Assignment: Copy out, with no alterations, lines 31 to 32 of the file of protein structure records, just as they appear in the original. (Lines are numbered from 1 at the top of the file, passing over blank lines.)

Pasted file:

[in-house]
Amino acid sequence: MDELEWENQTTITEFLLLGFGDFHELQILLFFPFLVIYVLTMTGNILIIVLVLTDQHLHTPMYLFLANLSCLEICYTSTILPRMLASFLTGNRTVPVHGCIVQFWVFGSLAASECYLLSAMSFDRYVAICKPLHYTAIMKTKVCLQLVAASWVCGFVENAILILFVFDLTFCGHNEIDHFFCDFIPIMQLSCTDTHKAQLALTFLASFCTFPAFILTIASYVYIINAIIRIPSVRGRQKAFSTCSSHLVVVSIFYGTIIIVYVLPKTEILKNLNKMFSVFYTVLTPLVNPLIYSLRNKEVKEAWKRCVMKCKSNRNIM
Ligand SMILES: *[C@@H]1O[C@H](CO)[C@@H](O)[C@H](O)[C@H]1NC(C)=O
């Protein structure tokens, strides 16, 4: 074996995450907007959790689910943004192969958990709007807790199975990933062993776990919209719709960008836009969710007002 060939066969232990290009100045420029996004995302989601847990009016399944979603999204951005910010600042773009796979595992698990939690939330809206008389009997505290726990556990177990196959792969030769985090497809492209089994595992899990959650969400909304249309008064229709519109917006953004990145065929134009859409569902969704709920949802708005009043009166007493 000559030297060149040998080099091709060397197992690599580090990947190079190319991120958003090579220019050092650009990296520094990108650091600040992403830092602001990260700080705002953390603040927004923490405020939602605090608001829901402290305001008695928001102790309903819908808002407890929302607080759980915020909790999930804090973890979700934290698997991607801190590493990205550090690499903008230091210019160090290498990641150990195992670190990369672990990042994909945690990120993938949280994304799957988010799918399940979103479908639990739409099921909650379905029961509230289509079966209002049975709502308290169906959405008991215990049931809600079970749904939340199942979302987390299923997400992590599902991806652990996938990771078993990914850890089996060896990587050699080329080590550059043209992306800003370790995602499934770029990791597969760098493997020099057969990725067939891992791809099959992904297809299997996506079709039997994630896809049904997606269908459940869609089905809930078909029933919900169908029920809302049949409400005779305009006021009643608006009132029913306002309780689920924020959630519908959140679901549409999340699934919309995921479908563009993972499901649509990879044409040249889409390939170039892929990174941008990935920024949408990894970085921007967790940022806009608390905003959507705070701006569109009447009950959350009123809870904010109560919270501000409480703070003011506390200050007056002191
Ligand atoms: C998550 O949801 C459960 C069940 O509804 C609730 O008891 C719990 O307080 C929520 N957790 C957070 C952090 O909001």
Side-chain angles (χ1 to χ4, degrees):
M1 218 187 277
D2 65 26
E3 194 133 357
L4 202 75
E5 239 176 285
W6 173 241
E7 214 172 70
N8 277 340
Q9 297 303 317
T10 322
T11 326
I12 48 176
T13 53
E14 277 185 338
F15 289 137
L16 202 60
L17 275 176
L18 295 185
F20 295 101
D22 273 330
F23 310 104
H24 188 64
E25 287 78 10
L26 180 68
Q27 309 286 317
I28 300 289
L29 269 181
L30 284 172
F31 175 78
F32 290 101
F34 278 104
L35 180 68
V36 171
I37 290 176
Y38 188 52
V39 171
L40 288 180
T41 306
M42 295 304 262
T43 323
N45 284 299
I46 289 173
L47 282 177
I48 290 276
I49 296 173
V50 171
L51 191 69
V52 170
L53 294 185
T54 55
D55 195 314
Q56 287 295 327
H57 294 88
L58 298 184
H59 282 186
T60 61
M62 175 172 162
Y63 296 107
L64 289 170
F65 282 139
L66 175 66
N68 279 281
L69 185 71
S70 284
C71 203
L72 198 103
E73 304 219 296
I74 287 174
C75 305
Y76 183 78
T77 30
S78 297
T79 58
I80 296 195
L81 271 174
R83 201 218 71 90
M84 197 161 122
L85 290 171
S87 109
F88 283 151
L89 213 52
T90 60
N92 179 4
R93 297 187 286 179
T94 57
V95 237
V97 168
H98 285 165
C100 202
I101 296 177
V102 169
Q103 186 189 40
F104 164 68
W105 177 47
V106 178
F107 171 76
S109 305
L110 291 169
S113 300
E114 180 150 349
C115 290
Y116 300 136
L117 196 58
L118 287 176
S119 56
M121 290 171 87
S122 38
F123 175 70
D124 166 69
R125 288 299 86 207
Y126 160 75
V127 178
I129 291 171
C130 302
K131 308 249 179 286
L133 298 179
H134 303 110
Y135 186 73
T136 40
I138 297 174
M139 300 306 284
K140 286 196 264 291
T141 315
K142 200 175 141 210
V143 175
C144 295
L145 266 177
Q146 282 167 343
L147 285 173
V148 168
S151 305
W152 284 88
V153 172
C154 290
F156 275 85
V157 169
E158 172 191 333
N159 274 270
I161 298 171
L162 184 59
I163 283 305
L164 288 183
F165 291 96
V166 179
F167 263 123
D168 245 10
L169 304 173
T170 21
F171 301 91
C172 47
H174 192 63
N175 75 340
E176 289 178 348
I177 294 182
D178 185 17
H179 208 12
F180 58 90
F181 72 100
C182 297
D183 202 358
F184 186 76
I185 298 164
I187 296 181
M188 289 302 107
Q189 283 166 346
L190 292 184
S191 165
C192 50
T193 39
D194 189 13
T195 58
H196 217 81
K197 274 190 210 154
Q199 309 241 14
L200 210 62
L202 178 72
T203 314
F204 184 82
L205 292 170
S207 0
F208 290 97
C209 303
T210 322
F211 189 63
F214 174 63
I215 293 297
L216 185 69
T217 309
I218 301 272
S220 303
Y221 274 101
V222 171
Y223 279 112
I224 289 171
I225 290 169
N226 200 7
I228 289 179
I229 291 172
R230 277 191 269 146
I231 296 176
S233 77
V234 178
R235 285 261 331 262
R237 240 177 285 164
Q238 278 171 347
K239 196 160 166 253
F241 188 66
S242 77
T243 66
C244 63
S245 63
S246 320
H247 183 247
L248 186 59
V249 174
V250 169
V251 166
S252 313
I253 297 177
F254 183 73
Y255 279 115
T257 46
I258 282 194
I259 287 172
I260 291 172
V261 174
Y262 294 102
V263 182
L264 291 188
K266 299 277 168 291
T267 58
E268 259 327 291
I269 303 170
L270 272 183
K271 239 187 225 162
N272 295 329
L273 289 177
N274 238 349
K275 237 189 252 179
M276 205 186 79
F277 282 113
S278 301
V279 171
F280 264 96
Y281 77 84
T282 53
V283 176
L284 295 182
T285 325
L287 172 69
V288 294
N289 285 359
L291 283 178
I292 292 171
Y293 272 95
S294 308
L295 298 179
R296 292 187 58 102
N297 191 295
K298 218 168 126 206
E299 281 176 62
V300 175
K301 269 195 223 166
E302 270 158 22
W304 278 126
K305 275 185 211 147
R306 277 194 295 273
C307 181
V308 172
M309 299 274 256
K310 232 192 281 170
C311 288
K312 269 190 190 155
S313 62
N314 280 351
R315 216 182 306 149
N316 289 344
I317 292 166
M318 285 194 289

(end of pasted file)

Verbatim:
Q27 309 286 317
I28 300 289